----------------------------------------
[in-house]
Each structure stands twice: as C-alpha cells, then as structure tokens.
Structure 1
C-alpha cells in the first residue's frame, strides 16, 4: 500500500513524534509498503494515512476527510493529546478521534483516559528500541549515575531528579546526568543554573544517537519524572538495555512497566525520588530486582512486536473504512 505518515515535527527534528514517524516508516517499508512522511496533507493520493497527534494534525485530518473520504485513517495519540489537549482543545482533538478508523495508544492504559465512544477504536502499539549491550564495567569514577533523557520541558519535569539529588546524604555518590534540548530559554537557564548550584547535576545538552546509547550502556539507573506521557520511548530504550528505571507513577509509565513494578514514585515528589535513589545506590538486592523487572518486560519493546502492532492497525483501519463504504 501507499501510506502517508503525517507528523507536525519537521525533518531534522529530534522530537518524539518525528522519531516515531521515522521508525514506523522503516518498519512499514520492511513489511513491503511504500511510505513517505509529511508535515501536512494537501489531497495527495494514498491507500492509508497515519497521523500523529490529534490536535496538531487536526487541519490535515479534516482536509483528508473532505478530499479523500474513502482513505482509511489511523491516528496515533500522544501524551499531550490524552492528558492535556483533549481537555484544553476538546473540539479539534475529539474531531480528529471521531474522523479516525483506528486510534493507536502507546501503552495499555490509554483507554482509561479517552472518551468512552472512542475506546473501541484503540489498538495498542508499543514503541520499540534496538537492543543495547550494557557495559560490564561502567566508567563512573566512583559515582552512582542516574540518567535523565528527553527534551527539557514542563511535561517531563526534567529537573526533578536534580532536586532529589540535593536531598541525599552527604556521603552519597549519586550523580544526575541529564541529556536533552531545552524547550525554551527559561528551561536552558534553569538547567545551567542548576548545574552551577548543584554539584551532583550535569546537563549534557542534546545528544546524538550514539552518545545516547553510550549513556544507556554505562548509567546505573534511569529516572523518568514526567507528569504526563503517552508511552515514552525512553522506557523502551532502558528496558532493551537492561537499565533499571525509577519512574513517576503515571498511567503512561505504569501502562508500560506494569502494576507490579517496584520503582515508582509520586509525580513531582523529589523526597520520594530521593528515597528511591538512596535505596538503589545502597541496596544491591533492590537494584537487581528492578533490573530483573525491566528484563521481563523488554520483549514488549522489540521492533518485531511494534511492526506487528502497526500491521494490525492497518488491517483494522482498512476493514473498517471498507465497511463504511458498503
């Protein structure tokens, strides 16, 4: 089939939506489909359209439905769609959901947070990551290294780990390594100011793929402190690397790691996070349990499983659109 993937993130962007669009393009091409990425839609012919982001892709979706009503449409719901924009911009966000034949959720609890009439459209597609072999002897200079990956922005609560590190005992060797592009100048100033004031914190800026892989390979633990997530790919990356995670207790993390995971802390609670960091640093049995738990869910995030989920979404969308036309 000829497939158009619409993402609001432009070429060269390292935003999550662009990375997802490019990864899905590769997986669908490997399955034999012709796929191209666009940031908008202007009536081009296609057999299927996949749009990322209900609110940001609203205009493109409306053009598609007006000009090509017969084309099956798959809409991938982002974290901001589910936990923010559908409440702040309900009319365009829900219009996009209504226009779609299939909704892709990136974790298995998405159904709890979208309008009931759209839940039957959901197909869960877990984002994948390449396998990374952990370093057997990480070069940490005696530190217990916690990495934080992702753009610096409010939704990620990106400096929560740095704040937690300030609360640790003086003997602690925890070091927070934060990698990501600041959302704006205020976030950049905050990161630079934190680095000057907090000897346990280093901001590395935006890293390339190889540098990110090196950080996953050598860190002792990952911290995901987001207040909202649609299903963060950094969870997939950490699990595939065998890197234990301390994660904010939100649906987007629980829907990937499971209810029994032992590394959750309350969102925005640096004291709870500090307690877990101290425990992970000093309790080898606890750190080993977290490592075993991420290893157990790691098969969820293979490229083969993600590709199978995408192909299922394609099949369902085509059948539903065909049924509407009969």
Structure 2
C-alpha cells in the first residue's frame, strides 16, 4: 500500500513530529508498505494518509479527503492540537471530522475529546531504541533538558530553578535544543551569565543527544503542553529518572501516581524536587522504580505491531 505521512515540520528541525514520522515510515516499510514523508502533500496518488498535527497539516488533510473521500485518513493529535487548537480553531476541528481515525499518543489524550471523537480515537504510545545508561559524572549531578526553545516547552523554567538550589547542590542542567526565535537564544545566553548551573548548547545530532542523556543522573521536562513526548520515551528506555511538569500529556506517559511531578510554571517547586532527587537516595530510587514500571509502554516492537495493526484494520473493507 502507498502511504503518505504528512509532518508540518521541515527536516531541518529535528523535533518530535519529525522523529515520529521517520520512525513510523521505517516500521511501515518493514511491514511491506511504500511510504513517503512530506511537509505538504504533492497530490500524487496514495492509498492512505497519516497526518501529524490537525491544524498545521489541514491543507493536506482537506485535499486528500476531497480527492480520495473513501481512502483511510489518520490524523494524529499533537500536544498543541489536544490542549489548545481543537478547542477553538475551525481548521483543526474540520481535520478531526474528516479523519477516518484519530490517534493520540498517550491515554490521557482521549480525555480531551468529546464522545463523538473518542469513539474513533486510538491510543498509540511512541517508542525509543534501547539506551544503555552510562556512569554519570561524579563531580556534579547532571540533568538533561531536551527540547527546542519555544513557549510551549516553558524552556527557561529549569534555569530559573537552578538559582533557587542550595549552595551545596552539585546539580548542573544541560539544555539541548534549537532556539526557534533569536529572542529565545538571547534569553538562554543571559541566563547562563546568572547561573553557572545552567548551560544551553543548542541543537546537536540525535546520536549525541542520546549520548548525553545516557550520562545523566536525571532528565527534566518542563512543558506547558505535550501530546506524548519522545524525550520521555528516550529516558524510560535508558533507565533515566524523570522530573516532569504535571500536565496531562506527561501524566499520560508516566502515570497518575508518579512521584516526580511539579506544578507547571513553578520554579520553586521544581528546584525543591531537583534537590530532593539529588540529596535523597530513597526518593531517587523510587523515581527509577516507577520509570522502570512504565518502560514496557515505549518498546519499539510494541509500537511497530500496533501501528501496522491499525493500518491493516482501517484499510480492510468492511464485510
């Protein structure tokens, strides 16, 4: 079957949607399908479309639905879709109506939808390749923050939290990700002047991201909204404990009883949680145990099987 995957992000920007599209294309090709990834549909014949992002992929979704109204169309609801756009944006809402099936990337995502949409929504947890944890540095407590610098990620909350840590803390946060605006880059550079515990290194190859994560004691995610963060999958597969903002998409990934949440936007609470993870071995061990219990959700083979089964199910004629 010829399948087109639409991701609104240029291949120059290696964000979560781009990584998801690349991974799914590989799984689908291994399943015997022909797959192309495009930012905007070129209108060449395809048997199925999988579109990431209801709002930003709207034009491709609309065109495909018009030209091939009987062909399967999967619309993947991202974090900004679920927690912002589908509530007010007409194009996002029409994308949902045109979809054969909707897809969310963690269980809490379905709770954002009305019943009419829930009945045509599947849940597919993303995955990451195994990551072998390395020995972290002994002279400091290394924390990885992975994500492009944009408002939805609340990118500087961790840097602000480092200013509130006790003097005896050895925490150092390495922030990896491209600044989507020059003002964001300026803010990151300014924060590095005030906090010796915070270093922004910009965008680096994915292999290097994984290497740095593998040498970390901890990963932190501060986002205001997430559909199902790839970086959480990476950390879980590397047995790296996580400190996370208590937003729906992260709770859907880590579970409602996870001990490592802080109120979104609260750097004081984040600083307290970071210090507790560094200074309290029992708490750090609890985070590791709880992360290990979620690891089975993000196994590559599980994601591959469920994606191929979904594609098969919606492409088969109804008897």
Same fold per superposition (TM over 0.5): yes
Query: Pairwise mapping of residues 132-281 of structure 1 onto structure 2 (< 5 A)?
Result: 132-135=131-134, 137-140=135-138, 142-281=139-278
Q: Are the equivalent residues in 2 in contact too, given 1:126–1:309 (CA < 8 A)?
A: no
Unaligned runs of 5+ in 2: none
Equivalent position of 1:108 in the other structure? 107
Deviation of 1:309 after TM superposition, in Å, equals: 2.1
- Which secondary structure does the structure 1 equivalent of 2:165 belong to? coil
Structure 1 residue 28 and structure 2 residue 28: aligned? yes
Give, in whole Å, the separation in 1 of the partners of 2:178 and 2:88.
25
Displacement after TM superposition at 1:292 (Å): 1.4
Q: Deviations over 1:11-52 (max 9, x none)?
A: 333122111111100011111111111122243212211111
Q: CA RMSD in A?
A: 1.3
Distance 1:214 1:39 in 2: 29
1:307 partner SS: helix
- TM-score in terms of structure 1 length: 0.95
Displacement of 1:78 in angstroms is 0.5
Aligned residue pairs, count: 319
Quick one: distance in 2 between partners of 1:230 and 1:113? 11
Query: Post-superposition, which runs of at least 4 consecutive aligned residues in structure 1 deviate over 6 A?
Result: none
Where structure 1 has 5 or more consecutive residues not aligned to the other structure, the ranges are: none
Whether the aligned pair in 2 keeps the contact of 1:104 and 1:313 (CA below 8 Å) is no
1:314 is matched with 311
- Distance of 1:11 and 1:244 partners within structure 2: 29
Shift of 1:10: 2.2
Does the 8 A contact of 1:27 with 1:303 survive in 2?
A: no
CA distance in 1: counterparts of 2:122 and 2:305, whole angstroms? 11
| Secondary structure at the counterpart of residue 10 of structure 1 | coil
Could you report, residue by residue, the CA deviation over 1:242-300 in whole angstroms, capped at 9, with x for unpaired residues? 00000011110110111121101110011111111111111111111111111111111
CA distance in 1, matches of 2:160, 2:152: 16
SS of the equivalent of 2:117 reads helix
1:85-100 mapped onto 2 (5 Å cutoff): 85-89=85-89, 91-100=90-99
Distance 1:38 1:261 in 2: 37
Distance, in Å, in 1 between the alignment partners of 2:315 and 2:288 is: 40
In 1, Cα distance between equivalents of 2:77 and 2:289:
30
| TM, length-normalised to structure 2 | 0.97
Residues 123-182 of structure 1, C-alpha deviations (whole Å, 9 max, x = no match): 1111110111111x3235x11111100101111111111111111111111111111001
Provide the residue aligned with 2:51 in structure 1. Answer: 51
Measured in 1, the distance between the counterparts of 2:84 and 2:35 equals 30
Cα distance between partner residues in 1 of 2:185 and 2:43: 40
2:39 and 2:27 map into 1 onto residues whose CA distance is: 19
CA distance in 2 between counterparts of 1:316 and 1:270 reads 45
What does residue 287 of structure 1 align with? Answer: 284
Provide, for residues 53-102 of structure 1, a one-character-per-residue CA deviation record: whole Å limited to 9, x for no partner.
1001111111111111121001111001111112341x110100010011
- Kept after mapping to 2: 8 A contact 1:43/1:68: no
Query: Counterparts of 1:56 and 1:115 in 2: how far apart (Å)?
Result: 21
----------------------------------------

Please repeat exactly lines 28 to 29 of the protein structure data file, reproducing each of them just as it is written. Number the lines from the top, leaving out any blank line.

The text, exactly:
- TM-score in terms of structure 1 length: 0.95
Displacement of 1:78 in angstroms is 0.5